I’ve had the pleasure of visiting two islands this last week, walking across Orford Ness and around Lindisfarne (Holy Island). The latter will appear in a second blog. Although art was not my primary objective on either, it cropped up.
Orford Ness in Suffolk is not, strictly-speaking, an island. It is a long peninsula of marine-deposited pebbles stretching south from just beyond the martello tower outside Aldeburgh, where it is only 10m or so wide and there is no public access. It widens to 2-3kms before attenuating again to a constantly changing southern tip off Shingle St. But it behaves like an island, you have to use the National Trust ferry to reach it, and being on it is like being on an island.
There are all sorts of reasons for wanting to be there: on this occasion, my objective was the lighthouse on the far, eastern side, some 4 kms from Orford quay. And my reason for wanting to see it was to compare its state now with its state on previous visits for, as we are repeatedly remarking along the East Anglian coast, it is so threatened by erosion that it is likely to collapse in the very near future.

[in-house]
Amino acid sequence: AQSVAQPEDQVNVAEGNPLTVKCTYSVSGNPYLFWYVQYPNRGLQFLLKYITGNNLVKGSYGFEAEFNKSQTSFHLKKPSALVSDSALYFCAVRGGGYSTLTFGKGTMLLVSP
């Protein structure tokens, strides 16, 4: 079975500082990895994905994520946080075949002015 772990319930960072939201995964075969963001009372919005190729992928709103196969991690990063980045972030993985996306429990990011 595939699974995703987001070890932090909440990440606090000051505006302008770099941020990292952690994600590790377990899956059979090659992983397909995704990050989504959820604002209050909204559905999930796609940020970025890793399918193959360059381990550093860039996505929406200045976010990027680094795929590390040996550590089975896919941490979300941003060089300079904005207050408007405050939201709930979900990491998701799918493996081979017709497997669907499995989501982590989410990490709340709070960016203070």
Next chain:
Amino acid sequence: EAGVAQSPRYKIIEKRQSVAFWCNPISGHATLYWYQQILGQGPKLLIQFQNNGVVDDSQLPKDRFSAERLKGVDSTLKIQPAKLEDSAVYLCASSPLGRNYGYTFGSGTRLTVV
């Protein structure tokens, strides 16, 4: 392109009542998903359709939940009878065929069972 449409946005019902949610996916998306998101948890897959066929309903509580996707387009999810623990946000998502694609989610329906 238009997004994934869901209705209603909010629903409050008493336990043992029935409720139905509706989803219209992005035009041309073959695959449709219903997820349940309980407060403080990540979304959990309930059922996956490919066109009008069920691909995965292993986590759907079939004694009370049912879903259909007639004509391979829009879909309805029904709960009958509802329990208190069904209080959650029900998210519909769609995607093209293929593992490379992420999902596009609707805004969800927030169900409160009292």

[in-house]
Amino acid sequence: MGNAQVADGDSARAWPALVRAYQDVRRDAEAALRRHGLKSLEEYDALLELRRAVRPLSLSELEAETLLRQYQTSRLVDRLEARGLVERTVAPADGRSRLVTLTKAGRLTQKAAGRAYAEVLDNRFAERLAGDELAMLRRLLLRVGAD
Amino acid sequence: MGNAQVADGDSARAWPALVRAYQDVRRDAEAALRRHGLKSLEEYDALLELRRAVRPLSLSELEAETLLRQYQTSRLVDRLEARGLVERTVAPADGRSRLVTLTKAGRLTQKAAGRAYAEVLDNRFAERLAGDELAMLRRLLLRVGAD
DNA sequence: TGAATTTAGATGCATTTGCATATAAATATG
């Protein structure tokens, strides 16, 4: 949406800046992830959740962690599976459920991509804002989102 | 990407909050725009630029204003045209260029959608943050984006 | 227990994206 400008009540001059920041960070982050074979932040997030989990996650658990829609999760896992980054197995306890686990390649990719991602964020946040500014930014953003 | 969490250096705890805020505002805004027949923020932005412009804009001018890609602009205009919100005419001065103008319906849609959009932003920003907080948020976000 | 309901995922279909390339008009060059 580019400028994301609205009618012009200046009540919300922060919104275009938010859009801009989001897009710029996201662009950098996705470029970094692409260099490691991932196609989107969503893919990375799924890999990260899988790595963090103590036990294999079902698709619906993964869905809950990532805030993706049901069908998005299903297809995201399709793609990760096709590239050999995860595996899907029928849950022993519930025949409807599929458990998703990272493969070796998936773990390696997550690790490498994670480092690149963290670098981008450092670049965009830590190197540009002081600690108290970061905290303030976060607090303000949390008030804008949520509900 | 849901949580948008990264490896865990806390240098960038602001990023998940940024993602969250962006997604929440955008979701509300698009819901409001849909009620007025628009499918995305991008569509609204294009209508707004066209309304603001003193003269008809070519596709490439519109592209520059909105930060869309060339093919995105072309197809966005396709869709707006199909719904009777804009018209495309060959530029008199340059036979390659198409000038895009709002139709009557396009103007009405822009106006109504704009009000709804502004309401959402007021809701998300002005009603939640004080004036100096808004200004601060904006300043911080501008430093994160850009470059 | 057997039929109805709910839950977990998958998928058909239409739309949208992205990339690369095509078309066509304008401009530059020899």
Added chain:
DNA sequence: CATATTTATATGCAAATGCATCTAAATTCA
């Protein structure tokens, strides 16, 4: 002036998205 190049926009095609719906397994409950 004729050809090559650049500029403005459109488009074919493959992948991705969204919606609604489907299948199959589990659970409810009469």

In fact, its position is parlous: the sea has almost reached its base despite the netted stone baffles that the volunteer trust which is trying to delay the inevitable has recently heaped along the 0.5m drop from turf to pebble beach (photo 1 below, looking north). Dramatically, the brick septic tanks serving the lighthouse have been completely exposed, a sight never envisaged as being seen as their very coarse mortar pointing loudly proclaims (ph.2, looking south). I duly photographically recorded the situation for my own curiosity’s sake, while at the same time looking for possible artistic angles in the bright, sharp sunlight with shots which might at some time or other contribute to a painting (exemplified by phs. 3 & 4, the last with structures just south of the lighthouse):